I am working on a project where I have to identify anomalies in network traffic of business networks with machine learning. The algorithm is feeded with captured network packets from inside of the business LAN. Since the business is located in Europe, constraints by the GDPR have to be considered.

I need a tool that captures, anonymizes and saves data packets with following constraints:

  1. values should stay unique when anonymized (e.g. the same IP address should always be encrypted to the same hash value and any other IP addresses must have a different hash value). This is important so the hash can still be used as a feature for the ML model.

  2. the process of capturing and saving the packets and the commercial use of the resulting, partially hashed data packets should comply with the GDPR guidelines. The packets are recorded on a computer whose owner has agreed. However, not everyone on the network knows that it is sniffed.

What I have tried: I have been searching for tools specifically to capture network traffic and anonymize source and destination IP and MAC adresses and found pktanon. Data captured by tcpdump can be piped to pktanon and anonymized, before it is saved. Also, the payload is completely deleted beforehand.

My Question: Do I have to consider anything else but hashing source and destination IP and MAC adresses?

Apparently it is not sufficient to anonymize IP and MAC addresses. For example, it might be possible to recalculate parts of the payload with the checksum. I'm not 100% sure if this is relevant and also I do not know which encryption algorithms meet the requirements of the GDPR.

In another thread I have found an answer which elaborates the problem. It states, that

it is legal to process personal data if processing is necessary for the purposes of the legitimate interests pursued by the controller or by a third party, except where such interests are overridden by the interests or fundamental rights and freedoms of the data subject which require protection of personal data

Does this apply to my problem? Is it possible to argue that it is a legitimate interest to secure our LAN by processing personal data of all incoming data packets?

I think I'm sort of in a gray area when processing (officially) personal data. This can further be divided into packets from employees of my own company, who can be informed, and packets from outside of the LAN.

Thanks in advance!

  • 2
    The problem you have with anonymising the IP address is that you aren’t really anonymising it for IPv4 addresses - given the salt, you can unanonymise every address in the IPv4 range in seconds because the address range is so low. IPv6 is a different matter.
    – user28517
    Mar 17, 2020 at 9:21
  • Have you considered writing one as part of the project, rather than looking for one?
    – user253751
    Mar 17, 2020 at 10:09
  • Why do you believe you must or why have you decided to anonymise those IP addresses?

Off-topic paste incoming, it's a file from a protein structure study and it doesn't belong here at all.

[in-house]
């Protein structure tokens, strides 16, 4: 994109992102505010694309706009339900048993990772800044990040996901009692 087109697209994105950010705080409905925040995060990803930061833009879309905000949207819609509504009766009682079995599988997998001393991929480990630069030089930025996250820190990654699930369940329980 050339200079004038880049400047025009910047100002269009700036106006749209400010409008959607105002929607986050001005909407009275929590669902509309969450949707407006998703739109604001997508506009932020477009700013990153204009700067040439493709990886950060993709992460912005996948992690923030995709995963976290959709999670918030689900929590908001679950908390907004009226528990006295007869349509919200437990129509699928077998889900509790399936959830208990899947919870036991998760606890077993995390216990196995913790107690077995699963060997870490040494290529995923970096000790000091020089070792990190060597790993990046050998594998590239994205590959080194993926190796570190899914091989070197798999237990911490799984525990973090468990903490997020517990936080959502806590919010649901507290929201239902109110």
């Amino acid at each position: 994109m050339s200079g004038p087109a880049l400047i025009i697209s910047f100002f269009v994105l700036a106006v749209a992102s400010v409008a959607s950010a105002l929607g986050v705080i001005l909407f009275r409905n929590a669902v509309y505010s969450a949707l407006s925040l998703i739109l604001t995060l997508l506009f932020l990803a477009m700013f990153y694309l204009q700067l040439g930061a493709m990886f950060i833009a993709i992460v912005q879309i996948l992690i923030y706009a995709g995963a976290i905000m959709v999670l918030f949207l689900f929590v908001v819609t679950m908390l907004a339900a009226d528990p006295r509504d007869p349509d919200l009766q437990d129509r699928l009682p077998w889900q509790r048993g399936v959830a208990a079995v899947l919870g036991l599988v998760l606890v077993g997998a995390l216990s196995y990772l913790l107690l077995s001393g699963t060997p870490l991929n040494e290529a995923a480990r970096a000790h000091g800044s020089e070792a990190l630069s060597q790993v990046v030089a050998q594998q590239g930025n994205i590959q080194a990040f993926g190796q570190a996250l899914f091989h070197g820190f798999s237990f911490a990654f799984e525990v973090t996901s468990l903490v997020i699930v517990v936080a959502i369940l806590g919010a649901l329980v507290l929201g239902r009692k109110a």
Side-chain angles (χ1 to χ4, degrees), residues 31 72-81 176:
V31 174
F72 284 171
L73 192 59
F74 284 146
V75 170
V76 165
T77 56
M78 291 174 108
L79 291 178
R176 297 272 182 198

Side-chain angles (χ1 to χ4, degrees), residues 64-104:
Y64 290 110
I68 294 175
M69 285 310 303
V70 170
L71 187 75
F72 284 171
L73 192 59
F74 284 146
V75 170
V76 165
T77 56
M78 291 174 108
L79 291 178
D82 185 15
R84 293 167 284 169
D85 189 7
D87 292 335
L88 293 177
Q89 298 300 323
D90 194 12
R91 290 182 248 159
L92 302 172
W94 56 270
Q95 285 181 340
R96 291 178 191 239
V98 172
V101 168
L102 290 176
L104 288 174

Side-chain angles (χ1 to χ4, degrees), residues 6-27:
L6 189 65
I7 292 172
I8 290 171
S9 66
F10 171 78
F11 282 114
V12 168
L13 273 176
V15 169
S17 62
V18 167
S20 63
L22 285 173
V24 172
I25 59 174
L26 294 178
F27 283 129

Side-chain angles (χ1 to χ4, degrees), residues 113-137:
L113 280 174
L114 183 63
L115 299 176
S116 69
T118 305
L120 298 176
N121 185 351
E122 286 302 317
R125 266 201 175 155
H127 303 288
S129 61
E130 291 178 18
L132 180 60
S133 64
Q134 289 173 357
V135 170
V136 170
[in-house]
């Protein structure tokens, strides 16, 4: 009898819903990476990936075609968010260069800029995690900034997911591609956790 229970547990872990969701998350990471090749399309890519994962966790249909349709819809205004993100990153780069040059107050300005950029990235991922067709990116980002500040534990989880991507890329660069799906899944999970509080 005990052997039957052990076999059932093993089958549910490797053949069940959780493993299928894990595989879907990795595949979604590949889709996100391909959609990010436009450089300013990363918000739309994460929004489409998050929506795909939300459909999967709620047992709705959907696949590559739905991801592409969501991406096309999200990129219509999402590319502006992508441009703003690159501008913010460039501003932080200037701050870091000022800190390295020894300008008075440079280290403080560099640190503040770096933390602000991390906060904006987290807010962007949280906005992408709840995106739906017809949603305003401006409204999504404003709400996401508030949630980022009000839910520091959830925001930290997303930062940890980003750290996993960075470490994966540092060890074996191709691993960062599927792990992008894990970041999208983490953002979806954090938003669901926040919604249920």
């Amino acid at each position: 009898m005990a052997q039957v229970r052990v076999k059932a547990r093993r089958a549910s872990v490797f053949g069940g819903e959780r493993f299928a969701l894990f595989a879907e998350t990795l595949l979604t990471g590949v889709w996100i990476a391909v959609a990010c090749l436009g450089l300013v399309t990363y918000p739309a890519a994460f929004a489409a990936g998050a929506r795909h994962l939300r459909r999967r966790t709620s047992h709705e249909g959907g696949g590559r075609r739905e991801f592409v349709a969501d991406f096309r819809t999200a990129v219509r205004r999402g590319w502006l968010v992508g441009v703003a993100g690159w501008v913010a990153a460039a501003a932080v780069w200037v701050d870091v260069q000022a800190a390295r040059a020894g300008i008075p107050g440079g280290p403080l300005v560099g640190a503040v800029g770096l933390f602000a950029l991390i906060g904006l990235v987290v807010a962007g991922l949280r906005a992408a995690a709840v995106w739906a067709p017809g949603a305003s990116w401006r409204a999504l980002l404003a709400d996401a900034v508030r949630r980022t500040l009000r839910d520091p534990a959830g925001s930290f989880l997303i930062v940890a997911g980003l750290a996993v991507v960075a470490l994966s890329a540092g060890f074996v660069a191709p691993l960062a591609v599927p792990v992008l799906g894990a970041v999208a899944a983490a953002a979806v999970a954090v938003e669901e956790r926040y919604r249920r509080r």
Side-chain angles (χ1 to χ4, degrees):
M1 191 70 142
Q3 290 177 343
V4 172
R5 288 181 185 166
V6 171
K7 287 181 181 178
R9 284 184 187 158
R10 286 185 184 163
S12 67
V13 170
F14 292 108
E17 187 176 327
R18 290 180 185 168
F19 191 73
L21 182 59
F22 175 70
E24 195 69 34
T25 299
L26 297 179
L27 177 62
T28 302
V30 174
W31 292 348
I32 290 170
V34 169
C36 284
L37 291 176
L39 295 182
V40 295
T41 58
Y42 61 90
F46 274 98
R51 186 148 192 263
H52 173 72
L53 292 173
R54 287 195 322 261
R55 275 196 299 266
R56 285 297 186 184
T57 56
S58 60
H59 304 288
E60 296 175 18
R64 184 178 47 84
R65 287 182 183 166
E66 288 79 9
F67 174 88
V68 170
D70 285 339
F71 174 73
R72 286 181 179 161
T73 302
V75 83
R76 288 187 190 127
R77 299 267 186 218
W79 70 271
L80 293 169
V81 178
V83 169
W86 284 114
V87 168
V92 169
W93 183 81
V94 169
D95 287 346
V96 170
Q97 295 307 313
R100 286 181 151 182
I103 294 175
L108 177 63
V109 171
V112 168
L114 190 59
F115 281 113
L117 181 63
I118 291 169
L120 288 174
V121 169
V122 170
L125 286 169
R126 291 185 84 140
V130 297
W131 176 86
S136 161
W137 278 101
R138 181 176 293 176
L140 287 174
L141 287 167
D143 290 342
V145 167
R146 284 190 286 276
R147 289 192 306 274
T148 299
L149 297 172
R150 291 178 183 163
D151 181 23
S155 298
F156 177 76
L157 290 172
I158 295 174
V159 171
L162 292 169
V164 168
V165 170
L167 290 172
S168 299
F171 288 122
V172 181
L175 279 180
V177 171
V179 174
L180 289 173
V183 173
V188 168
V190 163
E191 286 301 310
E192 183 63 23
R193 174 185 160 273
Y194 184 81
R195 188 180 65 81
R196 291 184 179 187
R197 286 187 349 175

– Lag
    Mar 17, 2020 at 11:51
  • 1
    @Lag I have edited the question, maybe this clarifies why I'm asking.
    – Joshua
    Mar 17, 2020 at 12:04

2 Answers 2


I fear that you have 'jumped the gun' - I think you and your colleagues in the legal/compliance department should first meet to discuss your project. You must facilitate their understanding of the project so that you and they can discuss your options and obligations under GDPR and other such rules in your jurisdiction.

It may be the case that this project has a "specified, explicit and legitimate purpose" (and satisfies other principles under Article 5) for collecting and processing data related to IP addresses and it may be in the "legitimate interest" (or another of the lawful bases under Article 6) of the company to do so.

You/they might decide that verbatim IP addresses are OK; you/they might decide that pseudonymisation (your hashing) is sufficient; you/they might decide that it must not be done unless it involves anonymisation.

But you/they must go through that exercise.


This isn’t anonomization under the GDPR

The reason IP addresses are personal data is because they are unique to an individual. So are your hashes.

  • The idea that IP addresses are unique to an individual is one of the most laughable aspects of GDPR compliance - there are only 3.7 billion public IPv4 addresses, and most westerners will have multiple devices. Some few might have static IP addresses at home, but most will share that with household members. Pretty much no mobile device will have a static IP when using mobile data (and indeed most will go through a proxy at the carrier level). The idea that you can identify a specific individual consistently through an IP address can be disproven fairly easily.
    – user28517
    Mar 17, 2020 at 10:58
  • "The reason IP addresses are personal data is because they are unique to an individual." - they aren't always personal data (GDPR says they may be personal data), they aren't always unique to an individual, they might never be assigned to an individuals such that one person could be identified or singled out by using them.
    – Lag
    Mar 17, 2020 at 11:37
  • True. If an IP adress may be personal data, I have to assume all IP addresses are personal data, because I cannot check if they are static or dynamic, if NAT is used etc. Then it is questionable if I am allowed to use IP addresses, whether they are encrypted or not. I have edited the question for this case.
    – Joshua
    Mar 17, 2020 at 13:04

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